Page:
Cybercrime gangs are recruiting like never before

(Image credit: Milan_Jovic)

A number of leading cybercriminal groups have been observed recruiting new members at an alarming rate, new reports have warned.

Avast’s recent Q3/2022 Threat report found some threat actors have started hiring out of success, others for being pinned down by cybersecurity researchers.

The LockBit group, for example, known for its ransomware variant of the same name, was “very active this quarter”, the researchers said.

New projects

One of the ways Avast saw the group recruiting new members and affiliates was with a new bounty hunting program. 

In late June 2022, LockBit released a new version of its encryptor, and to make sure it was airtight, offered $50,000 to whoever finds a vulnerability in the encryption of large database files. There were other bounties on offer, as well. For example, whoever finds out the name of the affiliate boss gets a million dollars. 

There are also high payouts for weaknesses found in the encryption process, a vulnerability in LockBit’s website, or vulnerabilities in the TOX messenger or the TOR network.

Furthermore, it offered $1,000 to anyone who would tattoo the LockBit logo onto their body.

The NoName057(16) hacking group, which suffered a major blow after its main Bobik C2 server was taken down and its botnet stopped working, started recruiting for a new project in mid-August this year, the researchers further uncovered. Suspecting they need fresh blood to continue active DDoS attacks, the researchers observed the threat actor open a new group dedicated to the DDDOSIA project. Late last month, the group counted more than 700 members.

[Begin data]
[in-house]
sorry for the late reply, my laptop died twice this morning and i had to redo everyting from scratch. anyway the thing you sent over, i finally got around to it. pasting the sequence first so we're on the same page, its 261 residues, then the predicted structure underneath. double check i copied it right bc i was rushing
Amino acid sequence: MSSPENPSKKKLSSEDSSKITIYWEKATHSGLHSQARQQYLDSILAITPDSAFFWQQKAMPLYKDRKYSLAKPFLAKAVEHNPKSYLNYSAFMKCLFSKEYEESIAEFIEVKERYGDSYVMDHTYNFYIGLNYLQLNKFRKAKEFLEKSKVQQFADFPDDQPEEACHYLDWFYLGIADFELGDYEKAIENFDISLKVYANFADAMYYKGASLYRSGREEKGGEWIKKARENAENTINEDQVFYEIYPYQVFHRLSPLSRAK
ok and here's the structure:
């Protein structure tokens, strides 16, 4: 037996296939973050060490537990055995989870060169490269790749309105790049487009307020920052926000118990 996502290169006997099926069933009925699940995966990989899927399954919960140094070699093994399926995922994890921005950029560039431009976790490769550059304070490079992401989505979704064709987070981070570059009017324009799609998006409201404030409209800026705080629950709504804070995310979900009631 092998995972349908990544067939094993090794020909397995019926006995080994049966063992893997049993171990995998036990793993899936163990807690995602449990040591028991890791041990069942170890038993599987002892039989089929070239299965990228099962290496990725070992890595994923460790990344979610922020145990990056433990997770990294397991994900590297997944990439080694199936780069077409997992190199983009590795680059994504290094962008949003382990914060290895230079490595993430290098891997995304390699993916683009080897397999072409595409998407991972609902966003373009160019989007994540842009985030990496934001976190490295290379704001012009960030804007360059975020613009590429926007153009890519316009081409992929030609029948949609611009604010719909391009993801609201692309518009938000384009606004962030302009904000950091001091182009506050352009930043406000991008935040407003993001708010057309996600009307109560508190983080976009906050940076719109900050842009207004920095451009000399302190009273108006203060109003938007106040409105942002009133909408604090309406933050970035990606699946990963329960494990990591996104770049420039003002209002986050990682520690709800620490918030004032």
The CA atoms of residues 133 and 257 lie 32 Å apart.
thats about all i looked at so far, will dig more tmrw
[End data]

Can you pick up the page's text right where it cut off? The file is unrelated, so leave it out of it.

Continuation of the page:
The project lets hackers download an identification binary, allowing them to launch DDoS attacks in exchange for cryptocurrency. 

Besides LockBit and NoName057(16), Avast identified almost a dozen botnet operators who are currently actively looking for new members. These include the dreaded Emotet, and Ursnif, but also Phorpiex, Tofsee, MyloBot, Nitol, Dorkbot, MyKings, and Amadey.

Sead Fadilpašić

Sead is a seasoned freelance journalist based in Sarajevo, Bosnia and Herzegovina. He writes about IT (cloud, IoT, 5G, VPN) and cybersecurity (ransomware, data breaches, laws and regulations). In his career, spanning more than a decade, he’s written for numerous media outlets, including Al Jazeera Balkans. He’s also held several modules on content writing for Represent Communications.